Sometimes we toil trying to achieve something, to prove that we are somebody, to gain some respect, sometimes we work hard trying to secure our future, our health, our wellbeing, sometimes we strive so hard to find joy and meaning in our lives.
When Jesus says ‘come to me and I’ll give you rest’ it is not only about taking a short break for an hour on Sunday morning. This is much, much more. It is the rest when you are reminded, who you are and how much you are loved.
This is how Jesus gives us rest. When we come to Him, He reminds us that we all are created in God’s own image. That we, each of you are infinitely precious in God’s eyes. Yes, you! That God the Father tells you, – you are my beloved child!
He knows you name. He knows everything about you. And knowing even the deepest thoughts of your hearts He says: ‘I love you, I love you so much! I give my life so that you can live.’ He says it to each of you.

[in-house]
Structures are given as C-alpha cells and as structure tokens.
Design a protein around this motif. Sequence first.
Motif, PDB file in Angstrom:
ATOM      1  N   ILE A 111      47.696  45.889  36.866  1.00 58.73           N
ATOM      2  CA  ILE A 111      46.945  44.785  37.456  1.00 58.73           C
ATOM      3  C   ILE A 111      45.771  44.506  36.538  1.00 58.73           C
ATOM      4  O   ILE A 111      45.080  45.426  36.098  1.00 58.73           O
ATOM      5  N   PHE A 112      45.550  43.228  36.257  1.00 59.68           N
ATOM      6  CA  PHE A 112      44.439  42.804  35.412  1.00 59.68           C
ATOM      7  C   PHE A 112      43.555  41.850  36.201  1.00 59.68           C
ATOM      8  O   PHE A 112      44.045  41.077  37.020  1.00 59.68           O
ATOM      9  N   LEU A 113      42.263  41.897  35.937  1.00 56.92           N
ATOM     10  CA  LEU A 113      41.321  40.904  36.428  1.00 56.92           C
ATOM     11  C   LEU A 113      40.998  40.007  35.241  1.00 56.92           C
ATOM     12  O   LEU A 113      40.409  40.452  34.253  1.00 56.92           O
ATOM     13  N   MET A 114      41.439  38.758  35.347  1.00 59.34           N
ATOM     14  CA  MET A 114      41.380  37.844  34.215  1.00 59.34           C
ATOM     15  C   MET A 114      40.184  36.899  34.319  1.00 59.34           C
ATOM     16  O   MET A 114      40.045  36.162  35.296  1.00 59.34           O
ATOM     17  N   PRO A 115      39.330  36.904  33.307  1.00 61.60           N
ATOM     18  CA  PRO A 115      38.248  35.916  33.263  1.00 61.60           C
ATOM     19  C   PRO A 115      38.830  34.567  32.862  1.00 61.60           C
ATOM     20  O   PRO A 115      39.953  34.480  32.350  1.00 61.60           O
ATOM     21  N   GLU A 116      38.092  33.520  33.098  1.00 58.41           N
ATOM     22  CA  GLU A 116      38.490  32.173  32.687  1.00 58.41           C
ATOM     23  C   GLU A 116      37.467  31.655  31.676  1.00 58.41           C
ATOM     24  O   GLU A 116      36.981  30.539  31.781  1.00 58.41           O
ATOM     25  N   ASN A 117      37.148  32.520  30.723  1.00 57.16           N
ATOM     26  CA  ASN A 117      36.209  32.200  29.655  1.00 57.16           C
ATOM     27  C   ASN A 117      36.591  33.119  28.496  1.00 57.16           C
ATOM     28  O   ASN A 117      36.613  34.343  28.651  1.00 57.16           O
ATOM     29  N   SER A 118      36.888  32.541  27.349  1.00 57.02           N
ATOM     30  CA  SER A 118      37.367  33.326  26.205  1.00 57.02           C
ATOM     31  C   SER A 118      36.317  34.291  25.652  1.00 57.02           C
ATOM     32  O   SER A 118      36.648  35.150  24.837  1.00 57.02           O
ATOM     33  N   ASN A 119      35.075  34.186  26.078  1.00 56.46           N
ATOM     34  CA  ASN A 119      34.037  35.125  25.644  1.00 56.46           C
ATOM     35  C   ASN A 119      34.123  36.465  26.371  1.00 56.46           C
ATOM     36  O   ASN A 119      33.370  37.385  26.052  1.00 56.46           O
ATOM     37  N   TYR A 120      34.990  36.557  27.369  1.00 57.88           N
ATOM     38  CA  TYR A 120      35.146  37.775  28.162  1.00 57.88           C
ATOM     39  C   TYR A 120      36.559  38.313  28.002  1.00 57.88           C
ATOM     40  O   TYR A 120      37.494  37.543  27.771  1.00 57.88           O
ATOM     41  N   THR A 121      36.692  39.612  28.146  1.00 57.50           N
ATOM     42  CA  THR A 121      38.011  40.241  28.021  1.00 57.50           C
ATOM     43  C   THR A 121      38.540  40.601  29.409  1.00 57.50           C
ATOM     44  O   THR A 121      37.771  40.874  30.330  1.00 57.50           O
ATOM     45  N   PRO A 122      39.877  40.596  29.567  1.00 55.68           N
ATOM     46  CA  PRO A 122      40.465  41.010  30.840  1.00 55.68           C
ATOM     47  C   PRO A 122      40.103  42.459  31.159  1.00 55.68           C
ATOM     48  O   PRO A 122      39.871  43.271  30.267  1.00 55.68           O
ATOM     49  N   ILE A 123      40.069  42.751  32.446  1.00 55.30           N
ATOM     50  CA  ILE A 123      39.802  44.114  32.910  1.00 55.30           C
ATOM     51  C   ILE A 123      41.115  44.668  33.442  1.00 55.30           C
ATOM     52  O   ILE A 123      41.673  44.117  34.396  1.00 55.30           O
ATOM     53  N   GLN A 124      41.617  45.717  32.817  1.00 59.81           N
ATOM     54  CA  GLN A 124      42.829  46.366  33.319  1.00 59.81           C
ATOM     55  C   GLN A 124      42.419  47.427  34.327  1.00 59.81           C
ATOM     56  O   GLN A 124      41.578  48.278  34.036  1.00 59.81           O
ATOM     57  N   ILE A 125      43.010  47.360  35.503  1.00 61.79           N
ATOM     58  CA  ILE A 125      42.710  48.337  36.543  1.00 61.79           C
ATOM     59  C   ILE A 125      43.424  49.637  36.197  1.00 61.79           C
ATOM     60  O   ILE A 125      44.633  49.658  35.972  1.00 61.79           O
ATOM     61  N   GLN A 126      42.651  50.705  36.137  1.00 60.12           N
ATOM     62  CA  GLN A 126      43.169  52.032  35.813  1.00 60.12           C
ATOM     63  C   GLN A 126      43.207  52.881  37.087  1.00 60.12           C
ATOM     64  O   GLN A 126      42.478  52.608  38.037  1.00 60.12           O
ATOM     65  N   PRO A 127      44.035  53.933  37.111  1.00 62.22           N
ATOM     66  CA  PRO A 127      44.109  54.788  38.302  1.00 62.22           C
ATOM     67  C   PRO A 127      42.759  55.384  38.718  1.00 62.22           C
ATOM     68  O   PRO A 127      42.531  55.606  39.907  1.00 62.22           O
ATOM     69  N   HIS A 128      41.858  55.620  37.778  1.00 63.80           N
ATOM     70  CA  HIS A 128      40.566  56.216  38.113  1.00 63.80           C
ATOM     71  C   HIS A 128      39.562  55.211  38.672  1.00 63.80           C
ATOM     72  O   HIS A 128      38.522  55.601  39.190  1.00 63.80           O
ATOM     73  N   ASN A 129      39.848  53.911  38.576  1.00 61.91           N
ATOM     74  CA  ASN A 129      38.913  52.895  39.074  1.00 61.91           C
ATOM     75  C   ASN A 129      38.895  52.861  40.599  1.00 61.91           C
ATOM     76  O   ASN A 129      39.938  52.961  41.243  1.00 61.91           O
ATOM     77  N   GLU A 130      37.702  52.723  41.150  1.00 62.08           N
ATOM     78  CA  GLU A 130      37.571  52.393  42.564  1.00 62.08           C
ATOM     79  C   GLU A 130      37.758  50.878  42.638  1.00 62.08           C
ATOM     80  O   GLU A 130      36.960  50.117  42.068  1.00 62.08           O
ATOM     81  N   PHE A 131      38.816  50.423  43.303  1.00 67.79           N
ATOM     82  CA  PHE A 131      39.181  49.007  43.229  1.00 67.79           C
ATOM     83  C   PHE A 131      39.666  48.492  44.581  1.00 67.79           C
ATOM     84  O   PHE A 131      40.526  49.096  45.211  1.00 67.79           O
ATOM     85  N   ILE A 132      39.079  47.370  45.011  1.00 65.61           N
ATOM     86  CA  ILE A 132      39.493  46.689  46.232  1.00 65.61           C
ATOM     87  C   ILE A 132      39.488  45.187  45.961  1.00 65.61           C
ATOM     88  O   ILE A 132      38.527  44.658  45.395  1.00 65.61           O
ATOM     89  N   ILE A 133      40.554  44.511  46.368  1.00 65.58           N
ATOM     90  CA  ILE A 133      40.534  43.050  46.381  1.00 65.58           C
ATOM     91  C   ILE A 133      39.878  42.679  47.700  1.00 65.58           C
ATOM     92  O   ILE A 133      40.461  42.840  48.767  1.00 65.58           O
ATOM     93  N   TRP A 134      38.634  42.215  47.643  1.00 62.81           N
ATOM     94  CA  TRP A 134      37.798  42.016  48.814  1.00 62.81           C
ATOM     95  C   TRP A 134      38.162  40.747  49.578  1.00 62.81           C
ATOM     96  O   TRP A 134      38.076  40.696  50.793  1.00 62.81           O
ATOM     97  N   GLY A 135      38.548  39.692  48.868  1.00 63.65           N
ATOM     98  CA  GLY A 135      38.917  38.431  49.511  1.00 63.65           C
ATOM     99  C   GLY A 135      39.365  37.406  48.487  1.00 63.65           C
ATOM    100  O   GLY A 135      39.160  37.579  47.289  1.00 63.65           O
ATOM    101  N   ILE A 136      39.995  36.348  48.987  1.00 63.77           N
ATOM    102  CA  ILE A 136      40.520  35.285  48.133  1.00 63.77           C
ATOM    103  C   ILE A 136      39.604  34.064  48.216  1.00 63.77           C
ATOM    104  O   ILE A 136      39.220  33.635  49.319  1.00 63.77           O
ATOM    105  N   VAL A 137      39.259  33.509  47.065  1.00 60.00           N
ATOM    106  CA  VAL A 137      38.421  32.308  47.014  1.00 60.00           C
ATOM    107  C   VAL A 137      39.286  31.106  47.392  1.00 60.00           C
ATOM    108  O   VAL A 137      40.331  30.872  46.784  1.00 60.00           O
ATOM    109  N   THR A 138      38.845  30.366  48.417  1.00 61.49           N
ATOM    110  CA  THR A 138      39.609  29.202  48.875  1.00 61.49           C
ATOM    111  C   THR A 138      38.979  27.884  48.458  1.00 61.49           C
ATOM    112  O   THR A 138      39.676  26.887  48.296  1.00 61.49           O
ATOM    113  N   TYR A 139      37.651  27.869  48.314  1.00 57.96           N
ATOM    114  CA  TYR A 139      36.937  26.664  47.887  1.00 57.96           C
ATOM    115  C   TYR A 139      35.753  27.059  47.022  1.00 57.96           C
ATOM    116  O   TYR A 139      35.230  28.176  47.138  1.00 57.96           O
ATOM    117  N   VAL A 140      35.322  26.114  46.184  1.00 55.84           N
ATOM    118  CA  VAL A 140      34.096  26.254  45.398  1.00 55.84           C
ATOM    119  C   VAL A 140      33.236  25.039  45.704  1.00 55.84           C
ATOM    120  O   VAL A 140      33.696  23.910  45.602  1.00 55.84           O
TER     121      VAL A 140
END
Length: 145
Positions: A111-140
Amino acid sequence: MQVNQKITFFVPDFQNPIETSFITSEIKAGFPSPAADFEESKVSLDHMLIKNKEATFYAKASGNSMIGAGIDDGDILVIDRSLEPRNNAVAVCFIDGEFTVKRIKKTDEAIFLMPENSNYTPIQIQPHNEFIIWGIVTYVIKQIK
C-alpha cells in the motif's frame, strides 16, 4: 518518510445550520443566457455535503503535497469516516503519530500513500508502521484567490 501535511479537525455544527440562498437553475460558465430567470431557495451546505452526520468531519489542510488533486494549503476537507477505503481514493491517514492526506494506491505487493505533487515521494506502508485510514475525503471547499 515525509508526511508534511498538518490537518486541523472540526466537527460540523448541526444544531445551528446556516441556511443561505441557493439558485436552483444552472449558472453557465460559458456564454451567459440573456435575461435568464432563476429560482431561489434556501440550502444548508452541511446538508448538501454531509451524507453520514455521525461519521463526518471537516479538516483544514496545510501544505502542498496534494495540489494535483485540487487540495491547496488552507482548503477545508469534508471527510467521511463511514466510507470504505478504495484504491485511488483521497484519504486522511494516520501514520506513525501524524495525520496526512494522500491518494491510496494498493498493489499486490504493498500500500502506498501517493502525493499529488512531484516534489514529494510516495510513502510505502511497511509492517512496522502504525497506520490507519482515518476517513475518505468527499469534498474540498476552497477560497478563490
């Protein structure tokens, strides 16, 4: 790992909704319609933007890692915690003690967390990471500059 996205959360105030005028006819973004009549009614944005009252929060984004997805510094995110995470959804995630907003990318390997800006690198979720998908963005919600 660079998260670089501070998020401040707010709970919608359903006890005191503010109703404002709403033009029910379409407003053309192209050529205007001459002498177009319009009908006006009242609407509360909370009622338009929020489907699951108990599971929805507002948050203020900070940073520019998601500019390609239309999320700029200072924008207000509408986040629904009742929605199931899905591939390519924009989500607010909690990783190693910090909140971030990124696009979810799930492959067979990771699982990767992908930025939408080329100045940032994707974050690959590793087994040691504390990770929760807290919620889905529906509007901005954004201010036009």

When we hear these words, they give us true rest. Then you know that you are so important to someone whose opinion counts the most, to your Creator and Redeemer. That you are unconditionally accepted and loved. Not because you deserve it, but contrary to what you deserve.
When you come to Jesus, when you come to meet Him in the Divine Service, He speaks to you words of comfort, – ‘be at peace, you are forgiven’. Come and I’ll give you rest.
This is our message. Everyone needs to hear it. For there is no true rest unless you receive it from your God. Unless your life is filled with God’s unconditional love. Everyone needs this rest. They just don’t know.
Many think they are wiser than God. Others believe that our message is only about ‘you shall’ and ‘you shall not’. But they all need to know how much God the Father and Jesus Christ love them and how much they want to give them.
Take this message with you and keep it close to your heart. Whenever there is heavy burdens, for you or for someone else, whenever our brokenness and brokenness of this world makes us to seek for a refuge, remember these words: ‘Come to me, and I will give you rest.’ He is always waiting for us. For you. Amen.